Another tire bridges the gap between the traditional mudder and all-terrain. Dick Cepek's new F-C II fills this gap ably by being better in the dirt than an all-terrain, but not quite so unhandy on the street and in inclement weather as a mudder.
While the F-C II shares some visual tread design cues with its famous Fun Country (F-C, get it?) ancestor, it's really an entirely new tire. The new tread has a greater void area, more tread blocks, and the shoulder lugs are completely redesigned to extend farther down the sidewall. Siping has been increased on all the tread blocks. Tread depth varies according to size, but ranges from 18/32 to 22/32 inch. That's deep enough for long wear and good flexibility, but not so deep as to cause the squirmy street handling found on many super deep-tread mudders.
The carcass varies according to the load rating. The SLT (Specialty Light Truck) sizes have extra-beefy six-ply treads and three-ply sidewalls. The rest have standard five-ply treads and two-ply sidewalls. Load ranges run from C to E. They come in flotation sizes ranging from 31x10.50-15 through 40x13.50-20, and metrics from LT265/75R16 to LT325/50R20. At this writing, there are 36 size choices. We had a year-long, four-season evaluation of a set of 285/70R17s on a hard-workin' F-150HD.
Winter driving on the street is where most of the white-knuckle driving comes for four-wheelers running off-highway treads on their daily drivers. The increased ground pressure on the F-C II's many tread blocks and the generous siping add up to a decent bite on ice. In slush, the tire does well at spitting it out the sides. Ditto for rain, which helps avoid the dreaded hydroplaning effect. In deeper snow, the tread is just closed enough to hold some fresh snow for that little bit of extra traction that comes from snow-on-snow contact, but the tread is open enough to spin it out before it turns to ice on the next roll.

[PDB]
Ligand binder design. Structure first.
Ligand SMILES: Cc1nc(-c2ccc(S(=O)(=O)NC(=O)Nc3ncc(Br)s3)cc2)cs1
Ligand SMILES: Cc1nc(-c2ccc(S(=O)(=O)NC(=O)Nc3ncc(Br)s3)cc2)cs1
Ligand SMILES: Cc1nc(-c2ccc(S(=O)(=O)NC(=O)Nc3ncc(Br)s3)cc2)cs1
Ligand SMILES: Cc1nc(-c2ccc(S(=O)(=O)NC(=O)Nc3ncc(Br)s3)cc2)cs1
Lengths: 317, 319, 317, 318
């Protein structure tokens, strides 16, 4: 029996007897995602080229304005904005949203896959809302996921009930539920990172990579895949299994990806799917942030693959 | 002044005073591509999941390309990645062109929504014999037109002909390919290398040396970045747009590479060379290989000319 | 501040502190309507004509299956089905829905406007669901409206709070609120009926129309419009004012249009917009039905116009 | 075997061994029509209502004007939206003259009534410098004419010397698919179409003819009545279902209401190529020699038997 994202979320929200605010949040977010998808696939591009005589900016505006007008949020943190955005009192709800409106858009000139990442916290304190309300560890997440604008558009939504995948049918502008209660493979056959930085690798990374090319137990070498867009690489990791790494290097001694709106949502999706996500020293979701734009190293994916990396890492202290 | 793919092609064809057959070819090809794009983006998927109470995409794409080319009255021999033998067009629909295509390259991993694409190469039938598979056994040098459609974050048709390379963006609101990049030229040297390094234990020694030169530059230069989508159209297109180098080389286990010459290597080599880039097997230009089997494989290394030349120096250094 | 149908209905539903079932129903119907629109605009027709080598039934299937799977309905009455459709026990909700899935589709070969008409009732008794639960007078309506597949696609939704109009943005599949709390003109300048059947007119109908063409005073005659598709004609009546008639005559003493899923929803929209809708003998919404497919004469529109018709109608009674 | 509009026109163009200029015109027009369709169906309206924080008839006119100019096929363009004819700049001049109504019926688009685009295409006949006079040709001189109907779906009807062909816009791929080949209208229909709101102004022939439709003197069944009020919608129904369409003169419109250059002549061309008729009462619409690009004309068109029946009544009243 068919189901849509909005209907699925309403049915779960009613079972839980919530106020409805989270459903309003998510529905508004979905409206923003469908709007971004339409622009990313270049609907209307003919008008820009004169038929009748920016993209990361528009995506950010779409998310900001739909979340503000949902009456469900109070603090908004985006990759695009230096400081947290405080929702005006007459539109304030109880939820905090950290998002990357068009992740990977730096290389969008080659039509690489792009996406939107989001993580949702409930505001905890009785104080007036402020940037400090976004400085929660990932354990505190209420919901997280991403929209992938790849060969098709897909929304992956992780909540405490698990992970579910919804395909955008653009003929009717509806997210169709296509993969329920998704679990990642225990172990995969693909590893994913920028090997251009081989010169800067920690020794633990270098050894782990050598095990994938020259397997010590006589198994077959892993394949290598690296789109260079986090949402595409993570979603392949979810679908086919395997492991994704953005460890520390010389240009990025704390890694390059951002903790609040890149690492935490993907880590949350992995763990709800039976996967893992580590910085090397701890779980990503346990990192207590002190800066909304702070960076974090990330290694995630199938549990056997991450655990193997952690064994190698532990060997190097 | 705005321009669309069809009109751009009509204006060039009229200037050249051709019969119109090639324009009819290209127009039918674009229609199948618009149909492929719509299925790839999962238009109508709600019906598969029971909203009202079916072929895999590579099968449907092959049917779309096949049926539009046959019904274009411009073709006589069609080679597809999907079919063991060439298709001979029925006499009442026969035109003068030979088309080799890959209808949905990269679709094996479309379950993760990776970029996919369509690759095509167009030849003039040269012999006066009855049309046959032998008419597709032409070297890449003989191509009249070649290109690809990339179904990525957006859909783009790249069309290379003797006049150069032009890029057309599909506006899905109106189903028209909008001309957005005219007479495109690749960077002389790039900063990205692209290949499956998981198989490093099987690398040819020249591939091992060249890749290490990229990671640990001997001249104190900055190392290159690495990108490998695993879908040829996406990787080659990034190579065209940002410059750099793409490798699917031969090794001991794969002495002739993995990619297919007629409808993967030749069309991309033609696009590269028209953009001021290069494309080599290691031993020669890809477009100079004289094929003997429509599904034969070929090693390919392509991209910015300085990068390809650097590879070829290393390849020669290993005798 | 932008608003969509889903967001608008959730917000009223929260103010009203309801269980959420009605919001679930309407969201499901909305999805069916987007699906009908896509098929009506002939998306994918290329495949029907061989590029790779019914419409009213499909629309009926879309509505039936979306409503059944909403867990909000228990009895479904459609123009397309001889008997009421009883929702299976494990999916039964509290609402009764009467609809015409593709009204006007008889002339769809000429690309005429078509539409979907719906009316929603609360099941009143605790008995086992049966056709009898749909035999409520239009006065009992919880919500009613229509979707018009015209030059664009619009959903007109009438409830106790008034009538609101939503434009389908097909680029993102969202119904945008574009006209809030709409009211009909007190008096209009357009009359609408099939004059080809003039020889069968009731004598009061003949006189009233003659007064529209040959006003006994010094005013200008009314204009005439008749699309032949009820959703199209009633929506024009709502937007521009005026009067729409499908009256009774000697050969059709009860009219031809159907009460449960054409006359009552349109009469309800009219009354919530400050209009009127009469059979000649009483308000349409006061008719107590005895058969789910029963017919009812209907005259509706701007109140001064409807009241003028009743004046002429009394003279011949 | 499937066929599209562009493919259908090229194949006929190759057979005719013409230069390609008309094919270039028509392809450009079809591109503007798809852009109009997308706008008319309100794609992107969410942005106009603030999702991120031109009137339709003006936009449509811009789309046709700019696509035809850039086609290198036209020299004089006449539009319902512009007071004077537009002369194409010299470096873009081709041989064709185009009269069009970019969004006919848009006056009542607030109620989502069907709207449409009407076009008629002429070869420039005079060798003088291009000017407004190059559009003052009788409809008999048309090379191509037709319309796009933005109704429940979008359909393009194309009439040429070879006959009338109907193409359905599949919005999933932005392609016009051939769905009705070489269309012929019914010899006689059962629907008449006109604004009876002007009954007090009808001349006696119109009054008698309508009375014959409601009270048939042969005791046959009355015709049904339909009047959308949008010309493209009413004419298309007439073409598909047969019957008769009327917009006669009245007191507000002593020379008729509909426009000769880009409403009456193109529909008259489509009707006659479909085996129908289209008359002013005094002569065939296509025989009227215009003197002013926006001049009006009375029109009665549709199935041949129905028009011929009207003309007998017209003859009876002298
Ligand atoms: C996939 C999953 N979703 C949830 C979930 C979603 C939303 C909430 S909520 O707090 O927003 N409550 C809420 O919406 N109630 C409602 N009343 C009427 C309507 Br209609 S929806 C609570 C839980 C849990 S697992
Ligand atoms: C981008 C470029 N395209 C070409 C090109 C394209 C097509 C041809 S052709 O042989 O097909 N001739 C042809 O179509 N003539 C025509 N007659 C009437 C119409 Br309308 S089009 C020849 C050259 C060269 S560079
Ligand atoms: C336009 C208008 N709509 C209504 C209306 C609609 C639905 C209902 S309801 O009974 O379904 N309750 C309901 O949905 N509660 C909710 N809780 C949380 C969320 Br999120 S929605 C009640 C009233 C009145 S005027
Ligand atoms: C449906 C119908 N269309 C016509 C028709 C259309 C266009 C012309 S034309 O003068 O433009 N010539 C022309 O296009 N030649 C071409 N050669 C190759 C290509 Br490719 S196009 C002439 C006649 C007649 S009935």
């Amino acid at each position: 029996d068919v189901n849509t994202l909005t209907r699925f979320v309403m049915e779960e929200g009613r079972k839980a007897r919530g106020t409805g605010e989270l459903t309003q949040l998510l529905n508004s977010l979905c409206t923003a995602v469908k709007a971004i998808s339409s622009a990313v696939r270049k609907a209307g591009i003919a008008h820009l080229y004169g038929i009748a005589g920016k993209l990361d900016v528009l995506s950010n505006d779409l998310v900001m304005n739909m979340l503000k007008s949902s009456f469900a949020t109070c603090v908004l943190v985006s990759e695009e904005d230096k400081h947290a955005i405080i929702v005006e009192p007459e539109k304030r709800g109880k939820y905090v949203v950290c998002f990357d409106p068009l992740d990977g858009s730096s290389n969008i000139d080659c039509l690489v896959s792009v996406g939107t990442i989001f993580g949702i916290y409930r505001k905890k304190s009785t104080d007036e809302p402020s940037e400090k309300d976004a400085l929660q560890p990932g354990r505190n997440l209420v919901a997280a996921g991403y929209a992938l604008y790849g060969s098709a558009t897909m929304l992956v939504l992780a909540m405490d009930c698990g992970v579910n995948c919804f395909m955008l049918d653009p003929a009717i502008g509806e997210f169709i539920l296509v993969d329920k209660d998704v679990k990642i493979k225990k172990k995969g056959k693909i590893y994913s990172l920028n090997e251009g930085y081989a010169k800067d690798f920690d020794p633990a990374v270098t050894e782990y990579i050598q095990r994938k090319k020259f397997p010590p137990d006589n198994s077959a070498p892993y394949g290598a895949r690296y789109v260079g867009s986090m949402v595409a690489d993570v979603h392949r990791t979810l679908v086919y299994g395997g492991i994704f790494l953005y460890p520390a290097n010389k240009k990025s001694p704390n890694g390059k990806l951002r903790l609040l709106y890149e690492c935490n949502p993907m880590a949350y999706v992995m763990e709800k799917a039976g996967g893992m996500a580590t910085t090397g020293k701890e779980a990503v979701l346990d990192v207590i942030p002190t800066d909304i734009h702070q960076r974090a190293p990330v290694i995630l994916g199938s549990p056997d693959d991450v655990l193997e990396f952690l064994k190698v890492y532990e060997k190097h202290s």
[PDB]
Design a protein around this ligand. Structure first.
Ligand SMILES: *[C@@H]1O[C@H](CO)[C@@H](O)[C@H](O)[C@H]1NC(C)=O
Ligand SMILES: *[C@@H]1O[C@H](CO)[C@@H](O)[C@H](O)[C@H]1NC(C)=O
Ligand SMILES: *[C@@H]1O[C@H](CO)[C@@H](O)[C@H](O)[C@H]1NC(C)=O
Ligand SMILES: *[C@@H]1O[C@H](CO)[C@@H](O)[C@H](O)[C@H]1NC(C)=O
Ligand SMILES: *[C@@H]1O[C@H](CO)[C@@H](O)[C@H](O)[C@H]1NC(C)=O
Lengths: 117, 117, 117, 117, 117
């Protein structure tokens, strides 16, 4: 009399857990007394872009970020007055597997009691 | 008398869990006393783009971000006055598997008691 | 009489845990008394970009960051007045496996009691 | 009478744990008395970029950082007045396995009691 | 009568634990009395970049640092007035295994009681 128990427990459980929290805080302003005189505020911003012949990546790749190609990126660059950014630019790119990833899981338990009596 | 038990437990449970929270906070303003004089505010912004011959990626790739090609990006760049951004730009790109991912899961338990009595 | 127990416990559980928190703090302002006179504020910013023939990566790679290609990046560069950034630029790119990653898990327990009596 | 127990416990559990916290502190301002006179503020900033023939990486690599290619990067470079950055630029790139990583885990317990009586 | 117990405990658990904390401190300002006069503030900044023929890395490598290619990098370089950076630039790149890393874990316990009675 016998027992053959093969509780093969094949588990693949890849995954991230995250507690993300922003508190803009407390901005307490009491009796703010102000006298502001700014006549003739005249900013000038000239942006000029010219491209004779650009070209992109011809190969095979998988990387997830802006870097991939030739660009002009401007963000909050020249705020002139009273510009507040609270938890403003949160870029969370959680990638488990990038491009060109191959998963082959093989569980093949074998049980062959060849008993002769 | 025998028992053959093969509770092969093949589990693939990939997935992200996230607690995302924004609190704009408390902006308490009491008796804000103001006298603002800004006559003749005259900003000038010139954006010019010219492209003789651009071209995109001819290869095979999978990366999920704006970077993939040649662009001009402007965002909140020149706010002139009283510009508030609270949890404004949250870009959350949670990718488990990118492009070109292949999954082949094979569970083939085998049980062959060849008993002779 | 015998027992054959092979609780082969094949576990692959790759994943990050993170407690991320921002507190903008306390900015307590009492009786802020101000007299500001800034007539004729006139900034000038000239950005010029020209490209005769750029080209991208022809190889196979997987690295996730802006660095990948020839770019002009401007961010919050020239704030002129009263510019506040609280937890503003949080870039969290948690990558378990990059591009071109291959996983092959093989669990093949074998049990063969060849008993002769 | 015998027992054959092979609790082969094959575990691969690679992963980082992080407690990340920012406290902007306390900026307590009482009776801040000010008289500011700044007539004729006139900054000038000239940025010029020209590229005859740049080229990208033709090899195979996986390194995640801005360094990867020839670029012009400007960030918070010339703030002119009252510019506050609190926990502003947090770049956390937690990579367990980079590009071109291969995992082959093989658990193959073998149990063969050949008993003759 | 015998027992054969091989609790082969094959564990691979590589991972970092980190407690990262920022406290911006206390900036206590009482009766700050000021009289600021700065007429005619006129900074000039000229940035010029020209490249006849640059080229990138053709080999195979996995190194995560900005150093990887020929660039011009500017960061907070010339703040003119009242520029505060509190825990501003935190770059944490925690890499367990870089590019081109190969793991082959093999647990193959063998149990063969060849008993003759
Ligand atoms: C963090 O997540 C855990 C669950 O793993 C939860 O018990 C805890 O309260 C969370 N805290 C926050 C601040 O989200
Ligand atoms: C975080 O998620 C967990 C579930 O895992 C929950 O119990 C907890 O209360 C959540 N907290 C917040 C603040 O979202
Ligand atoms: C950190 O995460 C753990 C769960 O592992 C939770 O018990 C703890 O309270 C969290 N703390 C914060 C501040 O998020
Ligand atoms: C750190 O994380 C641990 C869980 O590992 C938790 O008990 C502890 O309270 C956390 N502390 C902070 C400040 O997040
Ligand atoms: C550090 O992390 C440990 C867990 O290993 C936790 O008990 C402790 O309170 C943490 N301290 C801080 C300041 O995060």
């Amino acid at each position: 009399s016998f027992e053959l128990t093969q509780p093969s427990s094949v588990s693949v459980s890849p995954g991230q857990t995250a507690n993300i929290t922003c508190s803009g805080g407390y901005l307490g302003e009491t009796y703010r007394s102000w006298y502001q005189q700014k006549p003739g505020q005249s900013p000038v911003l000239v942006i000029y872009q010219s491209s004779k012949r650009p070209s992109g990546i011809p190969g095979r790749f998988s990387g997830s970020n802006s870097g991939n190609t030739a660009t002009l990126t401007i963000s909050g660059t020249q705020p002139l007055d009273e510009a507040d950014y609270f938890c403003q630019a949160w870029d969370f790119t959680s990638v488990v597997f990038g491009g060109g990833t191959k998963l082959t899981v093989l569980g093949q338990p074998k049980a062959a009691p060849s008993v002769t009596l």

Tested in the legendary Northwest Ohio clay, the F-C II showed it has some teeth with which to bite the muddy ground, and that it can fatten nicely and keep the tire on rather than in terra firma. Self-cleaning is very respectable for its category, so you needn't fear the goo.
Our rockcrawling time was minimal, but a test through a rocky creekbed seemed to confirm our intuition that this tire should do very well in rocks just about anywhere. Both the carcass and the tread are very flexible when aired down, and the Side Biters seem to work well for "sidewall 'wheeling."
On the street, cornering and stopping yielded no unpleasant surprises. In fact, a "this-is-no-drill" high-speed avoidance maneuver gave us a lot of confidence in this tire's everyday performance. Ride quality is great and, using the load inflation chart, we found a perfect tire pressure.
We only have one complaint: Noise. The F-C II has a pretty mild tread design, but it sure sounds off like a much more aggressive tire. If you are highly noise-sensitive, or drive a rig where noise could be obtrusive, this might be an issue.
We predict this tire will wear well. In the 6,200 miles driven so far, we measured 2/32 inch of wear. Given the 3/32-inch wear bars and 18/32-inch tread depth, it looks like this tire could easily make 40,000 miles with a four-tire rotation, and 50,000 with a five-tire rotation.
This is a tire we'd call a good "all-arounder." It looks even better when you price-shop. It can't beat any of the dedicated, purpose-built tires on their home turf, but it does very well everywhere with few compromises, and will work well on anything from the toy hauler to the toy. We can also safely opine that you need not fear the winter with these Dick Cepek skins mounted on your truck.
Tire: Dick Cepek F-C II
Size tested: 285/70R-17
Load range: D
Sidewall: 2-ply polyester
Tread: 3-ply polyester, 2-ply steel
Approved rim width (in): 7.5-9.5
Tread depth (in): 18/32
Tread width (in): 9.1
Section width (in): 11.4
Overall diameter (in): 32.8
Max load (lb): 3,195
Revolutions per mile: 617 (est)
Speed rating: Q (100 mph)